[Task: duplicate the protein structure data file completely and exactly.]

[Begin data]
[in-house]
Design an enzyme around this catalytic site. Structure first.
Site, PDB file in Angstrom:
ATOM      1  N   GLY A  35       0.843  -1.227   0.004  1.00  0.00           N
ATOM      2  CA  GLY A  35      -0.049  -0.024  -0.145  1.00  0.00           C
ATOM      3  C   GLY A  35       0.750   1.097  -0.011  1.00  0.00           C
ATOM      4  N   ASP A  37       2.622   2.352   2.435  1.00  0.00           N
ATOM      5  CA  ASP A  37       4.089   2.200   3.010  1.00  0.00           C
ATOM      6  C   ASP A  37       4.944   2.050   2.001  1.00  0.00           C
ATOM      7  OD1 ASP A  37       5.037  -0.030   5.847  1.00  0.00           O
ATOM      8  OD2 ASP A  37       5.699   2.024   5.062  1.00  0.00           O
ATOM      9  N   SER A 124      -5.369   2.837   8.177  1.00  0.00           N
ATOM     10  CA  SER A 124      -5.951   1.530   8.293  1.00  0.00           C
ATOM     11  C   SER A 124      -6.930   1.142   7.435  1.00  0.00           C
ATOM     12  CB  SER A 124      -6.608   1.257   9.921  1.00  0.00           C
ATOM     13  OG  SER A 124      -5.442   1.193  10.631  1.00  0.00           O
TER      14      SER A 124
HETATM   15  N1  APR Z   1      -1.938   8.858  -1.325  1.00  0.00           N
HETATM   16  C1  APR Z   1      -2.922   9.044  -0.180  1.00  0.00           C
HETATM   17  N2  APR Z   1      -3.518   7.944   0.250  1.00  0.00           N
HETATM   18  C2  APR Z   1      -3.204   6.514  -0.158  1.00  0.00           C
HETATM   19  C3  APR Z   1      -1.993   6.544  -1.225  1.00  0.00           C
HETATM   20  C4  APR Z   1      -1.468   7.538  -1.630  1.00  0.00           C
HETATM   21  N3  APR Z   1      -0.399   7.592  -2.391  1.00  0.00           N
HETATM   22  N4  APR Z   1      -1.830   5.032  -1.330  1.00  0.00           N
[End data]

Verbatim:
[in-house]
Design an enzyme around this catalytic site. Structure first.
Site, PDB file in Angstrom:
ATOM      1  N   GLY A  35       0.843  -1.227   0.004  1.00  0.00           N
ATOM      2  CA  GLY A  35      -0.049  -0.024  -0.145  1.00  0.00           C
ATOM      3  C   GLY A  35       0.750   1.097  -0.011  1.00  0.00           C
ATOM      4  N   ASP A  37       2.622   2.352   2.435  1.00  0.00           N
ATOM      5  CA  ASP A  37       4.089   2.200   3.010  1.00  0.00           C
ATOM      6  C   ASP A  37       4.944   2.050   2.001  1.00  0.00           C
ATOM      7  OD1 ASP A  37       5.037  -0.030   5.847  1.00  0.00           O
ATOM      8  OD2 ASP A  37       5.699   2.024   5.062  1.00  0.00           O
ATOM      9  N   SER A 124      -5.369   2.837   8.177  1.00  0.00           N
ATOM     10  CA  SER A 124      -5.951   1.530   8.293  1.00  0.00           C
ATOM     11  C   SER A 124      -6.930   1.142   7.435  1.00  0.00           C
ATOM     12  CB  SER A 124      -6.608   1.257   9.921  1.00  0.00           C
ATOM     13  OG  SER A 124      -5.442   1.193  10.631  1.00  0.00           O
TER      14      SER A 124
HETATM   15  N1  APR Z   1      -1.938   8.858  -1.325  1.00  0.00           N
HETATM   16  C1  APR Z   1      -2.922   9.044  -0.180  1.00  0.00           C
HETATM   17  N2  APR Z   1      -3.518   7.944   0.250  1.00  0.00           N
HETATM   18  C2  APR Z   1      -3.204   6.514  -0.158  1.00  0.00           C
HETATM   19  C3  APR Z   1      -1.993   6.544  -1.225  1.00  0.00           C
HETATM   20  C4  APR Z   1      -1.468   7.538  -1.630  1.00  0.00           C
HETATM   21  N3  APR Z   1      -0.399   7.592  -2.391  1.00  0.00           N
HETATM   22  N4  APR Z   1      -1.830   5.032  -1.330  1.00  0.00           N